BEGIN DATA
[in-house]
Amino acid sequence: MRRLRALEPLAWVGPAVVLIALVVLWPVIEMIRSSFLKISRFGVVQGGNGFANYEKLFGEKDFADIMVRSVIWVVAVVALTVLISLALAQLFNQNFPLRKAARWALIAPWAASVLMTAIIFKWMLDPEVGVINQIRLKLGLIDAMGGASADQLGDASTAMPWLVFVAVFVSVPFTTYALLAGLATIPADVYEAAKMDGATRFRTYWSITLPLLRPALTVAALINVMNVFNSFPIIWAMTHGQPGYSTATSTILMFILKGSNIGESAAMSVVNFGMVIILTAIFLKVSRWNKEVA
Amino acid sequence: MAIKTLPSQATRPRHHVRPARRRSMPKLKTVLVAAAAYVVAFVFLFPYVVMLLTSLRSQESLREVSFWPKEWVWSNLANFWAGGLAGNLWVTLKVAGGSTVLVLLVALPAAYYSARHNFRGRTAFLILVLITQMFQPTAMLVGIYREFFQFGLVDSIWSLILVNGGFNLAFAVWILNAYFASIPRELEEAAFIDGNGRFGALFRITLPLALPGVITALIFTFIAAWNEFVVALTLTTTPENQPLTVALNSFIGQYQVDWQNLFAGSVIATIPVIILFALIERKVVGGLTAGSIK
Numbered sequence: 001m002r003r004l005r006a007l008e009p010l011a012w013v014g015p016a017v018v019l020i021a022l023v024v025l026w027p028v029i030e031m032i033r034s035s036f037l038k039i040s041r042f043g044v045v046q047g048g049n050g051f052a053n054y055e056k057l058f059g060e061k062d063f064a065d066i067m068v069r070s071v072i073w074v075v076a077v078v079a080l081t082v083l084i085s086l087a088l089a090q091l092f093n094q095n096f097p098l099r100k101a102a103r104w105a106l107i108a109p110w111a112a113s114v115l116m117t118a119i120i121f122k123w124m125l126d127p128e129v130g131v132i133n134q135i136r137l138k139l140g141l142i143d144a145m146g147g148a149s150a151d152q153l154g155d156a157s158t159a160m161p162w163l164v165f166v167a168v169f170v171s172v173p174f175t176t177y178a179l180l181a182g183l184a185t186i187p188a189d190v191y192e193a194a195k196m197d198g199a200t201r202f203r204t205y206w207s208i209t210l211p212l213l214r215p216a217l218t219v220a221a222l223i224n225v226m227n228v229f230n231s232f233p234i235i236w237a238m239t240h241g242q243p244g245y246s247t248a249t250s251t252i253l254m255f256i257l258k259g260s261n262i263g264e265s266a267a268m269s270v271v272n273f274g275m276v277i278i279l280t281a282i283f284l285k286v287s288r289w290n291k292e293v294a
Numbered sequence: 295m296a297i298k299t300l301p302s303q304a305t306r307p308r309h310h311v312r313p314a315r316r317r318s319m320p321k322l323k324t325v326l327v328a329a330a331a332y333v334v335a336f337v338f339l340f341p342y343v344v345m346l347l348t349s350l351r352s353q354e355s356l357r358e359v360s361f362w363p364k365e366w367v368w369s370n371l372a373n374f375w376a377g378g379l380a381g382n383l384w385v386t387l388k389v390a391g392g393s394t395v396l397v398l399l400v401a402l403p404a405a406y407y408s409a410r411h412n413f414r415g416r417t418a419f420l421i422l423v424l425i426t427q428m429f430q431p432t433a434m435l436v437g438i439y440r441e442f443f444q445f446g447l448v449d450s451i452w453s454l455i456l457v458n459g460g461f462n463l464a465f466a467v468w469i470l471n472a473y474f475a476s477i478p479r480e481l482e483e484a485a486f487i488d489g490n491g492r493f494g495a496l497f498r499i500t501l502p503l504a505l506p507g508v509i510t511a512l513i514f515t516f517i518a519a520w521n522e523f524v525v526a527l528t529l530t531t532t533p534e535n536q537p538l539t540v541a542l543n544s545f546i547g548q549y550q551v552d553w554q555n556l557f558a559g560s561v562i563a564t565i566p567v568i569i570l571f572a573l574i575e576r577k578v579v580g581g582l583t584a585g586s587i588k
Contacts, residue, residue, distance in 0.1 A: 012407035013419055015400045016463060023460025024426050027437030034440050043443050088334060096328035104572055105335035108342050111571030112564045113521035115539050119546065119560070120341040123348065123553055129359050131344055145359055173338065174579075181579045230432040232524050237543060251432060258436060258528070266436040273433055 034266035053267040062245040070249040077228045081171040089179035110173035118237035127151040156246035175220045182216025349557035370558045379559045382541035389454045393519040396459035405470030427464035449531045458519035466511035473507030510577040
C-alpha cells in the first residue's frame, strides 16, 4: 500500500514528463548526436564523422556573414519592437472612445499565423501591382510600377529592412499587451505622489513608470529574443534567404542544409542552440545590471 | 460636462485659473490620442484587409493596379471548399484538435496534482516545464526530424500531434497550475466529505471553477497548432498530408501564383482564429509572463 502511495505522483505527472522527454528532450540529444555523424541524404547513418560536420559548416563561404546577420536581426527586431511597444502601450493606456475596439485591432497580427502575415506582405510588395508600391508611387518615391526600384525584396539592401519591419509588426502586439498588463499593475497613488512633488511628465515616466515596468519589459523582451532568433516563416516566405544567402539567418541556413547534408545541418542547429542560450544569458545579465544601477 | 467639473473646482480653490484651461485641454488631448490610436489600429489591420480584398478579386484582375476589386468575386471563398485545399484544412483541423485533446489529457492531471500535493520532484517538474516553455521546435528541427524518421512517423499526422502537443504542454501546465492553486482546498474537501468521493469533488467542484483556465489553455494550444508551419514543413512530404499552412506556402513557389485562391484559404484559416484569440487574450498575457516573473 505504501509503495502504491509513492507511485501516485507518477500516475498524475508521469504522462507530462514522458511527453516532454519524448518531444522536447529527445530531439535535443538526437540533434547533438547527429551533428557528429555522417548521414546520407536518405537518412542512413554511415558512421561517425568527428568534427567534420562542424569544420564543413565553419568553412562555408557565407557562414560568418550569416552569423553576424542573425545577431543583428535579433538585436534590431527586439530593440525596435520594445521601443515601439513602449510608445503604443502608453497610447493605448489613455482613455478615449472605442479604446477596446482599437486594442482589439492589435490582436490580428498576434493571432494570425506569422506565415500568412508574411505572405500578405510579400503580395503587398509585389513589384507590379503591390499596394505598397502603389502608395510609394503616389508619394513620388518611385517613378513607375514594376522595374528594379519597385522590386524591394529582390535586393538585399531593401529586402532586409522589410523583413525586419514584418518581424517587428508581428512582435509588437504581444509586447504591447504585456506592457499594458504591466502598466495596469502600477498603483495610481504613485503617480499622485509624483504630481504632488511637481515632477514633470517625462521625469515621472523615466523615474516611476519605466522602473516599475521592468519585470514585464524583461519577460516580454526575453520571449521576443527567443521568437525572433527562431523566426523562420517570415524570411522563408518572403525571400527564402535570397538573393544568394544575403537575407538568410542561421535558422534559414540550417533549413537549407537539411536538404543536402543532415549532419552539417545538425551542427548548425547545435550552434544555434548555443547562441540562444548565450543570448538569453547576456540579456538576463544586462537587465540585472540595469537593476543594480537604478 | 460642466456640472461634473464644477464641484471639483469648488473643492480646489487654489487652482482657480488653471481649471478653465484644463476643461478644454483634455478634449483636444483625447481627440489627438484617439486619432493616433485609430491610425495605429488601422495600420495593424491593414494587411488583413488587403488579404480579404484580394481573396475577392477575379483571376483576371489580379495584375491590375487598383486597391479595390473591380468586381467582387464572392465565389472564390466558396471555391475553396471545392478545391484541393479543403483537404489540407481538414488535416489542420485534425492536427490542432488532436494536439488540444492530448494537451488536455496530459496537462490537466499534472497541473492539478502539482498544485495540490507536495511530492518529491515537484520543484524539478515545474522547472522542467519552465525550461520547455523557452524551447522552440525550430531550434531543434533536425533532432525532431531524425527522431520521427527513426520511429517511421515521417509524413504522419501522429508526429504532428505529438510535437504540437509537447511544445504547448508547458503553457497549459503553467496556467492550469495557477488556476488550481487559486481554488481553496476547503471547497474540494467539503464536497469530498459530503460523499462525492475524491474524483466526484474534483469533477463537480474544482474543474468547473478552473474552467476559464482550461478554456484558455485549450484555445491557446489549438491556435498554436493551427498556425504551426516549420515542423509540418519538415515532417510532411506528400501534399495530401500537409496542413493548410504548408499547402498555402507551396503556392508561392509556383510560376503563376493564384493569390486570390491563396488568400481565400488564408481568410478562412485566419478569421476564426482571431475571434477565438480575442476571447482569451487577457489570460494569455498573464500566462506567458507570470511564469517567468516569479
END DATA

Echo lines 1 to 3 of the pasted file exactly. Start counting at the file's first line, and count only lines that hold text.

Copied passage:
[in-house]
Amino acid sequence: MRRLRALEPLAWVGPAVVLIALVVLWPVIEMIRSSFLKISRFGVVQGGNGFANYEKLFGEKDFADIMVRSVIWVVAVVALTVLISLALAQLFNQNFPLRKAARWALIAPWAASVLMTAIIFKWMLDPEVGVINQIRLKLGLIDAMGGASADQLGDASTAMPWLVFVAVFVSVPFTTYALLAGLATIPADVYEAAKMDGATRFRTYWSITLPLLRPALTVAALINVMNVFNSFPIIWAMTHGQPGYSTATSTILMFILKGSNIGESAAMSVVNFGMVIILTAIFLKVSRWNKEVA
Amino acid sequence: MAIKTLPSQATRPRHHVRPARRRSMPKLKTVLVAAAAYVVAFVFLFPYVVMLLTSLRSQESLREVSFWPKEWVWSNLANFWAGGLAGNLWVTLKVAGGSTVLVLLVALPAAYYSARHNFRGRTAFLILVLITQMFQPTAMLVGIYREFFQFGLVDSIWSLILVNGGFNLAFAVWILNAYFASIPRELEEAAFIDGNGRFGALFRITLPLALPGVITALIFTFIAAWNEFVVALTLTTTPENQPLTVALNSFIGQYQVDWQNLFAGSVIATIPVIILFALIERKVVGGLTAGSIK